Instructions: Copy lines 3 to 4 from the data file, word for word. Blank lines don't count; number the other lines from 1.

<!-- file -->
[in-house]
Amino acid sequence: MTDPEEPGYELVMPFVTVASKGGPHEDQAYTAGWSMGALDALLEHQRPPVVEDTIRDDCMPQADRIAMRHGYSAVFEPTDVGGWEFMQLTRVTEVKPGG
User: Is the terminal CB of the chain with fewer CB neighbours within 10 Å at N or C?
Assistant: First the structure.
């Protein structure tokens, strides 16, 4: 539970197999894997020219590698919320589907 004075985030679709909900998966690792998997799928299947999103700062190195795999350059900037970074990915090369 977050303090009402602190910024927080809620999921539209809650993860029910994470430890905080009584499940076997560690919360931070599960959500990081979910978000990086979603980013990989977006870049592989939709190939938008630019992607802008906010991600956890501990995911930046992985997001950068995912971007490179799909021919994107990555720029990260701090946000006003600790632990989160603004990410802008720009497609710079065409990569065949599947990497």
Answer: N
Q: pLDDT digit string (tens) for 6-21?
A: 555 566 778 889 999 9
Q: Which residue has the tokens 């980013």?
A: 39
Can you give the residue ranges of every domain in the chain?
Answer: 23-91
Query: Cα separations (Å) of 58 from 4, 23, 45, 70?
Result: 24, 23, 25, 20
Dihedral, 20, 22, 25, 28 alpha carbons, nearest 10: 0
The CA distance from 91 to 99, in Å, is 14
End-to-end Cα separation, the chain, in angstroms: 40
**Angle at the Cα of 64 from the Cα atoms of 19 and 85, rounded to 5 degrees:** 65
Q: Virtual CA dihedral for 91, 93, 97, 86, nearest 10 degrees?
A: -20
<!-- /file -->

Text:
User: Is the terminal CB of the chain with fewer CB neighbours within 10 Å at N or C?
Assistant: First the structure.